Elote, Av. Jorge Newbery 3791, Chacarita – With the move to legalizing food trucks here in Buenos Aires, and probably even more so, the economics of still rampant inflation and a steadily devaluing currency, “street food” is becoming the new “it girl” – expect to see more and more of it in 2017 (remember Kombinaciones in Bite Marks #31). It’s an obvious progression from the gourmet casual of places like Nola, Kon-Kon, El Tejano, etc., that focus on a single or limited offering. Elote is the brainchild of a trio of friends, two Venezuelan and one Mexican, who, while offering touches of worldwide cuisine in theirs, are sticking doggedly to their roots in their presentation, using arepas, tortillas, and tostones (patacones) as the vehicles for delivering their flavors.
It’s a simple, limited menu – a half dozen fillings (chicken, pork, beef, shrimp, hummus, cheese), and your choice of vehicle – a lightly crispy sandwich made of two thin white corn arepas (Venezuelan corn cakes), slightly spongy yellow corn tortillas (they’re rolled out unevenly, so in some spots their almost crisp, in others, almost pancake like) to make tacos, or double fried plantains that have been pounded out into thin rounds to use in place of “bread” for a sandwich, a popular Venezuelan street snack. Having tried a trio of fillings with a couple of friends we’re impressed with the flavors. A flat 100 pesos for any selection.
Not so much with the speed of the kitchen – an order of two portions of arepas and one of tacos took 50 minutes to arrive at the table. We’d arrived at the time the restaurant opened, and it seemed, so had the trio of partners, and they simply hadn’t made either of the doughs before opening, so they were literally measuring, mixing, forming, and cooking while customers waited. They also didn’t have any of the menu-offered craft beer (from Dust) available, nor one of the three housemade juice blends (and having had two glasses of their orange and rosemary blend, it was different one after the other, the first time having been blended with still mineral water, the second time, fizzy with sparkling. Hopefully those are a one-time misstep. Worth a revisit soon!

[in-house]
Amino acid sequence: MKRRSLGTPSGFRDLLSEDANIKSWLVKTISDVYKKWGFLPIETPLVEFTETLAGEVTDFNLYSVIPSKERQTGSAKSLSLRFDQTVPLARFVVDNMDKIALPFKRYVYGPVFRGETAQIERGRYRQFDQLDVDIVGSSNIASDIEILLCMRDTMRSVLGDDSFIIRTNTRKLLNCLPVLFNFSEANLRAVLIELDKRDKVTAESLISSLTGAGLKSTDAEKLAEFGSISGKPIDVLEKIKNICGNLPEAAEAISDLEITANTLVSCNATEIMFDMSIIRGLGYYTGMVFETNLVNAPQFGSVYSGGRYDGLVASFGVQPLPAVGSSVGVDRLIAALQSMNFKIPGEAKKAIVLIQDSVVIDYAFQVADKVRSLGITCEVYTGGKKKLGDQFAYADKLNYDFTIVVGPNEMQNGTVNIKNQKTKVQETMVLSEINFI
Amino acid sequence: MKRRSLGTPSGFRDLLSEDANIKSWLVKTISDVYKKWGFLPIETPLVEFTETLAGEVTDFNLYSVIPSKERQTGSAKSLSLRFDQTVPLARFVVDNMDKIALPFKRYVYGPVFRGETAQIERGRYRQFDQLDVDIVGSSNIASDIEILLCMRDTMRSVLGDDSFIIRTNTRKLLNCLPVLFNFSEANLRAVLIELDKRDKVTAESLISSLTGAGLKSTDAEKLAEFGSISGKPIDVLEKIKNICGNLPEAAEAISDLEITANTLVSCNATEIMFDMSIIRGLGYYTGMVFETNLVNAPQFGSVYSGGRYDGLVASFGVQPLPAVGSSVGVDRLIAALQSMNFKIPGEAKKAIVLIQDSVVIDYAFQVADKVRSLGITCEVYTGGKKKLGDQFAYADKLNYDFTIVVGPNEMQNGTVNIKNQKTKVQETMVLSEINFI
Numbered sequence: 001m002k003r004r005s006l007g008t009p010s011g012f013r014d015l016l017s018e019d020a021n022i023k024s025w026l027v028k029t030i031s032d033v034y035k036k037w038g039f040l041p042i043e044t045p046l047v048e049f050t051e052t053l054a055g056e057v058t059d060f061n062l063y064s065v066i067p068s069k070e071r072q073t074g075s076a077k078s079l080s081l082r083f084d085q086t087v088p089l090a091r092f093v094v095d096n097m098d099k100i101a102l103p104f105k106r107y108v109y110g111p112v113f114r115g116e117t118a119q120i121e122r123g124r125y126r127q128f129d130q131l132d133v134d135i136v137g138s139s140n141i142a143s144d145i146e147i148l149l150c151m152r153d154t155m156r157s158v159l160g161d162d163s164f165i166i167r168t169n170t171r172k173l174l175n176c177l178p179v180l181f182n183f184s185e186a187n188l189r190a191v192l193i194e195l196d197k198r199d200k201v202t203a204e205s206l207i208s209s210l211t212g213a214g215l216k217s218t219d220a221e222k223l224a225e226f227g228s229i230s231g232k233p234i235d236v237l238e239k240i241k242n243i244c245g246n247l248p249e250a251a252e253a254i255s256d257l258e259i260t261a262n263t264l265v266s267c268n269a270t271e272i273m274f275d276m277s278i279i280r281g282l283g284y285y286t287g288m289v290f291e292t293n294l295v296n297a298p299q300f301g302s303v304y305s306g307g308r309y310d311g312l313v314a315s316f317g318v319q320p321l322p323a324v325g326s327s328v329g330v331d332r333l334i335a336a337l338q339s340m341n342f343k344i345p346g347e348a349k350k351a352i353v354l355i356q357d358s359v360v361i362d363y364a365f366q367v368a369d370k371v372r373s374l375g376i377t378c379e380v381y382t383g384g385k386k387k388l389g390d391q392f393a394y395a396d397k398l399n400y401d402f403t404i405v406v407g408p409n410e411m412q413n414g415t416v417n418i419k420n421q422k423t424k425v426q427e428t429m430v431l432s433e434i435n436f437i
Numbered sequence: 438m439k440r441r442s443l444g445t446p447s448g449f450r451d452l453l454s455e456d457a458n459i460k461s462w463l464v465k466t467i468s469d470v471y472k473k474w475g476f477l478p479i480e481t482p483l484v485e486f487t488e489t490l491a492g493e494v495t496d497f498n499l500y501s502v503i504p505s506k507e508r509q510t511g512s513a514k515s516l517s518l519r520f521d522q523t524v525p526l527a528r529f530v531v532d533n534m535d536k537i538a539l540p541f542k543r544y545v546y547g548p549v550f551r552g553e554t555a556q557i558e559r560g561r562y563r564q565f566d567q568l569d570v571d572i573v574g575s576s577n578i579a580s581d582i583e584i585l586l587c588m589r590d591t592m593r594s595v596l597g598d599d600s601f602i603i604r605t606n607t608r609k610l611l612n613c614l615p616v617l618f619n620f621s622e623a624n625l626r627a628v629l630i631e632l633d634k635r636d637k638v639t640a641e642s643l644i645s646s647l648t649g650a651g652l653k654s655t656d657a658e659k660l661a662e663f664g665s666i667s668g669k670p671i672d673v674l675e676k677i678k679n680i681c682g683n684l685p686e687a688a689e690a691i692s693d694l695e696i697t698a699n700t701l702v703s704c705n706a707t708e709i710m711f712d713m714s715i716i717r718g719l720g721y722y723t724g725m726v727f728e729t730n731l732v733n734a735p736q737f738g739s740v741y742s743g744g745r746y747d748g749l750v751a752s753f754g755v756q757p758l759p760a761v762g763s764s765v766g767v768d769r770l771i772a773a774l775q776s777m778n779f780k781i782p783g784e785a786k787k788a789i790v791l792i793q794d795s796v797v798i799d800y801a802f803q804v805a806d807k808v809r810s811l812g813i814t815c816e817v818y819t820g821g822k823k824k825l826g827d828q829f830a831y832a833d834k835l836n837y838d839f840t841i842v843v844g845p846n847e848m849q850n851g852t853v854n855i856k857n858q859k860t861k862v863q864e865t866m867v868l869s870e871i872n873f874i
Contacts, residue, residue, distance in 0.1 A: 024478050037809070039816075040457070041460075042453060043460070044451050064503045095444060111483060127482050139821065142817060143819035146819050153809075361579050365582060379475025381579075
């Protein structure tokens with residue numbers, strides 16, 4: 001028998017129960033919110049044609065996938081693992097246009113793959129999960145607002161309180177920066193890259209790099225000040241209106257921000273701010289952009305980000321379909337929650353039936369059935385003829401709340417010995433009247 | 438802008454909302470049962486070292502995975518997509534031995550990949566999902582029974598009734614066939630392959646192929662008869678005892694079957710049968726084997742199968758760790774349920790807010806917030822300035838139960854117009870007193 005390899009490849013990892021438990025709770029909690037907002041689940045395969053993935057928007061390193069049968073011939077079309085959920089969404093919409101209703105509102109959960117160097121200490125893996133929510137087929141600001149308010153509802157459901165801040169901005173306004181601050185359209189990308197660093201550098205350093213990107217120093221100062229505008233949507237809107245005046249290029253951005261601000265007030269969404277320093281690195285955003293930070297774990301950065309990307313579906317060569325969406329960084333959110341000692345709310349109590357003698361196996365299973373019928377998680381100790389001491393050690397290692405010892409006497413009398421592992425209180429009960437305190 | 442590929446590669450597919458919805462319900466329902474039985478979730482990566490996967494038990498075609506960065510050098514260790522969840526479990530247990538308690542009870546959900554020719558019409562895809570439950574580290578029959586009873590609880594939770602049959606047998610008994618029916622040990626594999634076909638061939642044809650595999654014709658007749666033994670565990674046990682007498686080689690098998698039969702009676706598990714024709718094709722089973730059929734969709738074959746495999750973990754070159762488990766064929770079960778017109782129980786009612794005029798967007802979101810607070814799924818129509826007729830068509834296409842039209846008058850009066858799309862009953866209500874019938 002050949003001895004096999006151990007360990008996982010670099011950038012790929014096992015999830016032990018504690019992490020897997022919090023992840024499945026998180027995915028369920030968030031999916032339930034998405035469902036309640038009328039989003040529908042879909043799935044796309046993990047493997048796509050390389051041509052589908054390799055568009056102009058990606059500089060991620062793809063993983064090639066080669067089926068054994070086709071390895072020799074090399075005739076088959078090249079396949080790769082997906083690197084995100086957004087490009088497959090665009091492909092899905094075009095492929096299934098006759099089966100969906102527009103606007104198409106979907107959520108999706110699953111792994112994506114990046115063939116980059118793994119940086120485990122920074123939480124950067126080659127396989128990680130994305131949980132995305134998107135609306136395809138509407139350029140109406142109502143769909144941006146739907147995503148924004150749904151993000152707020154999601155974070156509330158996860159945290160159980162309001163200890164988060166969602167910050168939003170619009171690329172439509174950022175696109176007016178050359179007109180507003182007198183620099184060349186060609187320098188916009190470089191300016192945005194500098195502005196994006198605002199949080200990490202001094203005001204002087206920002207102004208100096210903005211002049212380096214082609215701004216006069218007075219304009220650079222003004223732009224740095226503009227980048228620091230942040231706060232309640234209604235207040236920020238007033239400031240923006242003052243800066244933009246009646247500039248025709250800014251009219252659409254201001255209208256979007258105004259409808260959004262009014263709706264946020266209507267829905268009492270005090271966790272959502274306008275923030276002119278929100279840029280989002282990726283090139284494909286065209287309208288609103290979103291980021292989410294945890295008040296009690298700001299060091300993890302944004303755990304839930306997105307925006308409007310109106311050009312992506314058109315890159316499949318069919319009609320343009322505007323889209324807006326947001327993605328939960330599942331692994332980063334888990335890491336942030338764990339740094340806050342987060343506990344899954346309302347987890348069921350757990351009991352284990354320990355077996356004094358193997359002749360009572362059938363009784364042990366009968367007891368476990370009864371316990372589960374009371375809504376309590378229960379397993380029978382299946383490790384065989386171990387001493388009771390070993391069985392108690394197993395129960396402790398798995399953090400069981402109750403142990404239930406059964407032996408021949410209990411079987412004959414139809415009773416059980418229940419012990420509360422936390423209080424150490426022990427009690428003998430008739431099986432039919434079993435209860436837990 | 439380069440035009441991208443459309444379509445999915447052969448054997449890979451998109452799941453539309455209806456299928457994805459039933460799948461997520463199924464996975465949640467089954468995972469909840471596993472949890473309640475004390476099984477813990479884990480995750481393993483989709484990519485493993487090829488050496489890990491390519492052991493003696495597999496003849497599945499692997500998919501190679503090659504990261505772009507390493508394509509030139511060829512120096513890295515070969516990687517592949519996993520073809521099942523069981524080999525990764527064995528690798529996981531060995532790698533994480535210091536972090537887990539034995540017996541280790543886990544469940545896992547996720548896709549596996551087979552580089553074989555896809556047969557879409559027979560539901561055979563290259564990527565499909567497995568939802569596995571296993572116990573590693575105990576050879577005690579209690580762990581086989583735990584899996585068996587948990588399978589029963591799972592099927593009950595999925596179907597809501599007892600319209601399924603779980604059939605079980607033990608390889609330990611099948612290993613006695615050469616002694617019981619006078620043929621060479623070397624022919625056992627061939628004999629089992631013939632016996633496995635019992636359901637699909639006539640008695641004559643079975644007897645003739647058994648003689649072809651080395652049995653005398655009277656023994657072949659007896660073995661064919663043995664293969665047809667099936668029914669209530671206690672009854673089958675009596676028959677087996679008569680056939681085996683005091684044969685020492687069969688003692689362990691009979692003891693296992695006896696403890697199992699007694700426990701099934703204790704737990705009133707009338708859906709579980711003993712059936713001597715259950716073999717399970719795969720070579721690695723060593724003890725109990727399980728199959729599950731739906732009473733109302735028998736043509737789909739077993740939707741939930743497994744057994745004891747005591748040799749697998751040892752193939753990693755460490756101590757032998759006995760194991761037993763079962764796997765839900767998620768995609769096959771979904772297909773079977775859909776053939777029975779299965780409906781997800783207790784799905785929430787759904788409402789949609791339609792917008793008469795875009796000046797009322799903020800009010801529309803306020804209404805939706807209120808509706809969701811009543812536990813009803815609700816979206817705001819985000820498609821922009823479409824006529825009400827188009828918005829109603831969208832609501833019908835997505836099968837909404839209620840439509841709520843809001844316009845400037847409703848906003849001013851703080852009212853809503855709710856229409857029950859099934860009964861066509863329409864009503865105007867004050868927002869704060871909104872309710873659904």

Why a Duck?
It’s said there are around 200 Peruvian restaurants in the city – we’re getting to them, one by one!
El Pato de Doña Esperanza, Av. Entre Ríos 659, Once – The place doesn’t look like much when you head in the door, a little dreary, and steamy hot on this summer day, with no fan, and no breeze. About halfway through lunch the waiter had apparently had enough of that and turned on the AC, but it hadn’t done a whole lot by the time we left. For a place named “the duck”, we were hopeful that there might be some sort of famed duck dish on the menu, but there were just listed classic seco de pato and pato con arroz, and both had been crossed out as not available. We decided to go with the menú.
Rather good chicken and rice soup, flavorful and filling all on its own. And two great main course choices – a seco de pollo, chicken stewed in a cilantro sauce with potatoes and rice, and carne con lentejas, fork tender braised beef over perfectly cooked lentils, rice, and a red onion salad. Fantastic hot sauce – Henry says it’s a traditional version from Cajamarca in the north, with fresh chopped chilies, green onions, and more – going to have to research that recipe. And instead of the usual refresco of what amounts to koolaid accompanying, this place serves up agua de linaza, a semisweet beverage made from cane sugar and flaxseed. 70 pesos/menu, a bargain!